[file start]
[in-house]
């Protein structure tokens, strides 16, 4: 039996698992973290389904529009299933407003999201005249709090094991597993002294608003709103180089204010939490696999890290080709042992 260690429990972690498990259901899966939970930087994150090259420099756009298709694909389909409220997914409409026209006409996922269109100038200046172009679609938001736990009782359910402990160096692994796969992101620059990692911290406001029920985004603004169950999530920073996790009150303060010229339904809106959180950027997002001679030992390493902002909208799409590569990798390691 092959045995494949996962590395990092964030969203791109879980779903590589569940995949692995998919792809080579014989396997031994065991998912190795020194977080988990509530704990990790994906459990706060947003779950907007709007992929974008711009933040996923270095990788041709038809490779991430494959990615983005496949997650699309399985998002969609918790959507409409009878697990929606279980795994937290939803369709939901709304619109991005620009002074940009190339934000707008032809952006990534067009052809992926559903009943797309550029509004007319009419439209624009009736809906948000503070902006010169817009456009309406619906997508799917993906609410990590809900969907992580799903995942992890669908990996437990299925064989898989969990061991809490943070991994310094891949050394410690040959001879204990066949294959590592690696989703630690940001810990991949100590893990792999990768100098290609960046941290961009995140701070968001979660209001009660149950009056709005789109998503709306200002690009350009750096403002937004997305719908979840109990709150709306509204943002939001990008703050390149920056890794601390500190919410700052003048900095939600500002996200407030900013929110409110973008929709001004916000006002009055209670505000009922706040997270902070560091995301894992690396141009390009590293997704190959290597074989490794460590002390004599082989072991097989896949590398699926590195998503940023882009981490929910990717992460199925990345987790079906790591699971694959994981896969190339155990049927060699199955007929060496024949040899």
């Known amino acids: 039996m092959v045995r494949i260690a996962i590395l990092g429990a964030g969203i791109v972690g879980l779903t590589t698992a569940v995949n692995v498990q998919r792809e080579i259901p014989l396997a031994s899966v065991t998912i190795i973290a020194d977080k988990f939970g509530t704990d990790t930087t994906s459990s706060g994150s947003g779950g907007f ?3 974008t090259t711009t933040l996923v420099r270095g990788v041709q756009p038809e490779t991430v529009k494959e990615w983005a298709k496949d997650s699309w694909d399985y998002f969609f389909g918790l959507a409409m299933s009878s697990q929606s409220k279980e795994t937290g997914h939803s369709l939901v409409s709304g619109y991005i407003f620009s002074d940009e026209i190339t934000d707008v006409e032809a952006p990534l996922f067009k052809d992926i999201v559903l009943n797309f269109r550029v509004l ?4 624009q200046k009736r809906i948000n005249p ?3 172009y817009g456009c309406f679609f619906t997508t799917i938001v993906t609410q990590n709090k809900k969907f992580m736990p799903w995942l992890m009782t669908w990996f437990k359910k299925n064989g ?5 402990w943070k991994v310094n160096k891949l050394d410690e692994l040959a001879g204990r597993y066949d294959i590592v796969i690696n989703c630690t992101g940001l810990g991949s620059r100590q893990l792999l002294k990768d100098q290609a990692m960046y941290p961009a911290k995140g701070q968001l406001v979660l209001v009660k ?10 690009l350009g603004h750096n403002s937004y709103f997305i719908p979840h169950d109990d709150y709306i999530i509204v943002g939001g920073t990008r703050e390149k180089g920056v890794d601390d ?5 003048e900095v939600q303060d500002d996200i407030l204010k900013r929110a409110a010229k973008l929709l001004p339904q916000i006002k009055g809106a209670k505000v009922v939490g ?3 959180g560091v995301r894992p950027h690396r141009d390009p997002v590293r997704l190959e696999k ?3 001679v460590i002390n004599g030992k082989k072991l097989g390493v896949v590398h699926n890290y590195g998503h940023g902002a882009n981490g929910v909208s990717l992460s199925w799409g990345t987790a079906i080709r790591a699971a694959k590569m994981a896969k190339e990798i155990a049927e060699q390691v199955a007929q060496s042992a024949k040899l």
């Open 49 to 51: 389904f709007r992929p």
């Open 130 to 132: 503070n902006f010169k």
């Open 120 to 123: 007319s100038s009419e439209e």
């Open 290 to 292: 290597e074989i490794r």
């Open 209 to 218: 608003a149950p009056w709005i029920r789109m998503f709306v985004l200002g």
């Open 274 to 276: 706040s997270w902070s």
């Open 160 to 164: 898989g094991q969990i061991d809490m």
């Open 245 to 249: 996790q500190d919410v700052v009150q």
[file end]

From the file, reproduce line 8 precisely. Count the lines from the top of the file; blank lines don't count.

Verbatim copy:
């Open 209 to 218: 608003a149950p009056w709005i029920r789109m998503f709306v985004l200002g």